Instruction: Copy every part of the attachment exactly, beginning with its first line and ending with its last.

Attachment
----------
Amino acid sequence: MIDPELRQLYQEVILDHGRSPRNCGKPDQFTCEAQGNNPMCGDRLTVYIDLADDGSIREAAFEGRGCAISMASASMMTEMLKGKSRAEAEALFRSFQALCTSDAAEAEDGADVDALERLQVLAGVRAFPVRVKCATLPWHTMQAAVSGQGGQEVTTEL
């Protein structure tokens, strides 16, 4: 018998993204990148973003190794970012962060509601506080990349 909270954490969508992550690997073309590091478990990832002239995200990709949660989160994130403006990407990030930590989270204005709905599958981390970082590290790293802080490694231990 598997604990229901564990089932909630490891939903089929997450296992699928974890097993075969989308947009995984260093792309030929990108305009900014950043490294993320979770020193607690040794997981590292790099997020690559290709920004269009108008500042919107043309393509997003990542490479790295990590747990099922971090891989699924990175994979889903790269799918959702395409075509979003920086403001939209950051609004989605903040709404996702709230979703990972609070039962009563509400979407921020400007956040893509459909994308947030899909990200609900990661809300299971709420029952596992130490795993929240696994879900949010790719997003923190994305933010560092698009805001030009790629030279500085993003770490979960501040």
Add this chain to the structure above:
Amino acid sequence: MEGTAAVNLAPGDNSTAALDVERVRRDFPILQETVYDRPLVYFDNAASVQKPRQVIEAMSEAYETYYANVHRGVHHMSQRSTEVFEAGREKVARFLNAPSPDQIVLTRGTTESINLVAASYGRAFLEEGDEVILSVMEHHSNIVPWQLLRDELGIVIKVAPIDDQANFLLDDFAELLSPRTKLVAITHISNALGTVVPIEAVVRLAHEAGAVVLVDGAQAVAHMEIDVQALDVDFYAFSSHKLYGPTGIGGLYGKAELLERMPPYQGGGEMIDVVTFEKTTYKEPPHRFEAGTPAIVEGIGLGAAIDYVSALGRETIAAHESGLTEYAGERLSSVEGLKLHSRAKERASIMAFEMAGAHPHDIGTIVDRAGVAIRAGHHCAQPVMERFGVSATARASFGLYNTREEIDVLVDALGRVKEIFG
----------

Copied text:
Amino acid sequence: MIDPELRQLYQEVILDHGRSPRNCGKPDQFTCEAQGNNPMCGDRLTVYIDLADDGSIREAAFEGRGCAISMASASMMTEMLKGKSRAEAEALFRSFQALCTSDAAEAEDGADVDALERLQVLAGVRAFPVRVKCATLPWHTMQAAVSGQGGQEVTTEL
């Protein structure tokens, strides 16, 4: 018998993204990148973003190794970012962060509601506080990349 909270954490969508992550690997073309590091478990990832002239995200990709949660989160994130403006990407990030930590989270204005709905599958981390970082590290790293802080490694231990 598997604990229901564990089932909630490891939903089929997450296992699928974890097993075969989308947009995984260093792309030929990108305009900014950043490294993320979770020193607690040794997981590292790099997020690559290709920004269009108008500042919107043309393509997003990542490479790295990590747990099922971090891989699924990175994979889903790269799918959702395409075509979003920086403001939209950051609004989605903040709404996702709230979703990972609070039962009563509400979407921020400007956040893509459909994308947030899909990200609900990661809300299971709420029952596992130490795993929240696994879900949010790719997003923190994305933010560092698009805001030009790629030279500085993003770490979960501040």
Add this chain to the structure above:
Amino acid sequence: MEGTAAVNLAPGDNSTAALDVERVRRDFPILQETVYDRPLVYFDNAASVQKPRQVIEAMSEAYETYYANVHRGVHHMSQRSTEVFEAGREKVARFLNAPSPDQIVLTRGTTESINLVAASYGRAFLEEGDEVILSVMEHHSNIVPWQLLRDELGIVIKVAPIDDQANFLLDDFAELLSPRTKLVAITHISNALGTVVPIEAVVRLAHEAGAVVLVDGAQAVAHMEIDVQALDVDFYAFSSHKLYGPTGIGGLYGKAELLERMPPYQGGGEMIDVVTFEKTTYKEPPHRFEAGTPAIVEGIGLGAAIDYVSALGRETIAAHESGLTEYAGERLSSVEGLKLHSRAKERASIMAFEMAGAHPHDIGTIVDRAGVAIRAGHHCAQPVMERFGVSATARASFGLYNTREEIDVLVDALGRVKEIFG